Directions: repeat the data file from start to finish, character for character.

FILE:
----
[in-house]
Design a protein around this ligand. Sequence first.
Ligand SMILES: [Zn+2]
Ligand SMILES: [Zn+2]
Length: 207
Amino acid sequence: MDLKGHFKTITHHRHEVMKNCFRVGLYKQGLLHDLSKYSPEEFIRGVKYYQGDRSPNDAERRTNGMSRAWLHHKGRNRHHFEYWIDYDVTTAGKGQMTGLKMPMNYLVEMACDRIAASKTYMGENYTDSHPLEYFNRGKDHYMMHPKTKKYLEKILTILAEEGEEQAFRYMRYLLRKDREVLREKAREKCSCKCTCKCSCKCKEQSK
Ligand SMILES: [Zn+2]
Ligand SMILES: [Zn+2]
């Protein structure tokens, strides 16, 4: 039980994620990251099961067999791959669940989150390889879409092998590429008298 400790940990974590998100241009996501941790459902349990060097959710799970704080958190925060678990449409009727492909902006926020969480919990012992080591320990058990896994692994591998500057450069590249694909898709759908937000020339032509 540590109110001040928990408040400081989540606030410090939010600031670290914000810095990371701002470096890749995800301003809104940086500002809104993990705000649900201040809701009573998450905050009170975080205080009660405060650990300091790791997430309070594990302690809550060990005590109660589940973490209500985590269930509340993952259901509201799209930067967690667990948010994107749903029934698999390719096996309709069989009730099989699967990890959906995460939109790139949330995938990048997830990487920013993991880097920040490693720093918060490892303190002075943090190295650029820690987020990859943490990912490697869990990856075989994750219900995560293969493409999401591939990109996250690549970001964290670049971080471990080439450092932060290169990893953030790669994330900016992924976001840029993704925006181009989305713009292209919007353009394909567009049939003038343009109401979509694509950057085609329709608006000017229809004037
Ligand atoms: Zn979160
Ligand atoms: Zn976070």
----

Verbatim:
[in-house]
Design a protein around this ligand. Sequence first.
Ligand SMILES: [Zn+2]
Ligand SMILES: [Zn+2]
Length: 207
Amino acid sequence: MDLKGHFKTITHHRHEVMKNCFRVGLYKQGLLHDLSKYSPEEFIRGVKYYQGDRSPNDAERRTNGMSRAWLHHKGRNRHHFEYWIDYDVTTAGKGQMTGLKMPMNYLVEMACDRIAASKTYMGENYTDSHPLEYFNRGKDHYMMHPKTKKYLEKILTILAEEGEEQAFRYMRYLLRKDREVLREKAREKCSCKCTCKCSCKCKEQSK
Ligand SMILES: [Zn+2]
Ligand SMILES: [Zn+2]
């Protein structure tokens, strides 16, 4: 039980994620990251099961067999791959669940989150390889879409092998590429008298 400790940990974590998100241009996501941790459902349990060097959710799970704080958190925060678990449409009727492909902006926020969480919990012992080591320990058990896994692994591998500057450069590249694909898709759908937000020339032509 540590109110001040928990408040400081989540606030410090939010600031670290914000810095990371701002470096890749995800301003809104940086500002809104993990705000649900201040809701009573998450905050009170975080205080009660405060650990300091790791997430309070594990302690809550060990005590109660589940973490209500985590269930509340993952259901509201799209930067967690667990948010994107749903029934698999390719096996309709069989009730099989699967990890959906995460939109790139949330995938990048997830990487920013993991880097920040490693720093918060490892303190002075943090190295650029820690987020990859943490990912490697869990990856075989994750219900995560293969493409999401591939990109996250690549970001964290670049971080471990080439450092932060290169990893953030790669994330900016992924976001840029993704925006181009989305713009292209919007353009394909567009049939003038343009109401979509694509950057085609329709608006000017229809004037
Ligand atoms: Zn979160
Ligand atoms: Zn976070």